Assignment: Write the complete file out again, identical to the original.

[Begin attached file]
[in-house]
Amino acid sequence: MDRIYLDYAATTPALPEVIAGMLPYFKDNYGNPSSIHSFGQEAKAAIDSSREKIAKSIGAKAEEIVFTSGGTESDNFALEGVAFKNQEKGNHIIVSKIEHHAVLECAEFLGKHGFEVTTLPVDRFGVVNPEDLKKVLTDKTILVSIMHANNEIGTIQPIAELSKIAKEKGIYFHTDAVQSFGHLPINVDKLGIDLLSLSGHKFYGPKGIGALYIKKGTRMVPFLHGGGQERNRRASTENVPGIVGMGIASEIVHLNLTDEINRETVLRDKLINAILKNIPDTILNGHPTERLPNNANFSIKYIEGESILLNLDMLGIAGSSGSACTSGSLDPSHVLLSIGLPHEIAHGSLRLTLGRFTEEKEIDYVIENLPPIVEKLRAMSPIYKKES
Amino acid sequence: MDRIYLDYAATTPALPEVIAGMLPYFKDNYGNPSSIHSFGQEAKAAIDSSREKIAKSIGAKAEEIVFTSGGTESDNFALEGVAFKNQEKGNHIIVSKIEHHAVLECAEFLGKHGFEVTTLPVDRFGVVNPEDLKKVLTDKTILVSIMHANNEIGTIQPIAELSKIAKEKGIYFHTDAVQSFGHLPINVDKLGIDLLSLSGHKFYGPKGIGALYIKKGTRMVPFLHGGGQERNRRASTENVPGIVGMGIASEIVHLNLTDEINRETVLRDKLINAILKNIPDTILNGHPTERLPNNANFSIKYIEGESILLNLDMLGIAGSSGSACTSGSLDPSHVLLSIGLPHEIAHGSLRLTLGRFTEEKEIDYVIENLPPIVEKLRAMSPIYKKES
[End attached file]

[in-house]
Amino acid sequence: MDRIYLDYAATTPALPEVIAGMLPYFKDNYGNPSSIHSFGQEAKAAIDSSREKIAKSIGAKAEEIVFTSGGTESDNFALEGVAFKNQEKGNHIIVSKIEHHAVLECAEFLGKHGFEVTTLPVDRFGVVNPEDLKKVLTDKTILVSIMHANNEIGTIQPIAELSKIAKEKGIYFHTDAVQSFGHLPINVDKLGIDLLSLSGHKFYGPKGIGALYIKKGTRMVPFLHGGGQERNRRASTENVPGIVGMGIASEIVHLNLTDEINRETVLRDKLINAILKNIPDTILNGHPTERLPNNANFSIKYIEGESILLNLDMLGIAGSSGSACTSGSLDPSHVLLSIGLPHEIAHGSLRLTLGRFTEEKEIDYVIENLPPIVEKLRAMSPIYKKES
Amino acid sequence: MDRIYLDYAATTPALPEVIAGMLPYFKDNYGNPSSIHSFGQEAKAAIDSSREKIAKSIGAKAEEIVFTSGGTESDNFALEGVAFKNQEKGNHIIVSKIEHHAVLECAEFLGKHGFEVTTLPVDRFGVVNPEDLKKVLTDKTILVSIMHANNEIGTIQPIAELSKIAKEKGIYFHTDAVQSFGHLPINVDKLGIDLLSLSGHKFYGPKGIGALYIKKGTRMVPFLHGGGQERNRRASTENVPGIVGMGIASEIVHLNLTDEINRETVLRDKLINAILKNIPDTILNGHPTERLPNNANFSIKYIEGESILLNLDMLGIAGSSGSACTSGSLDPSHVLLSIGLPHEIAHGSLRLTLGRFTEEKEIDYVIENLPPIVEKLRAMSPIYKKES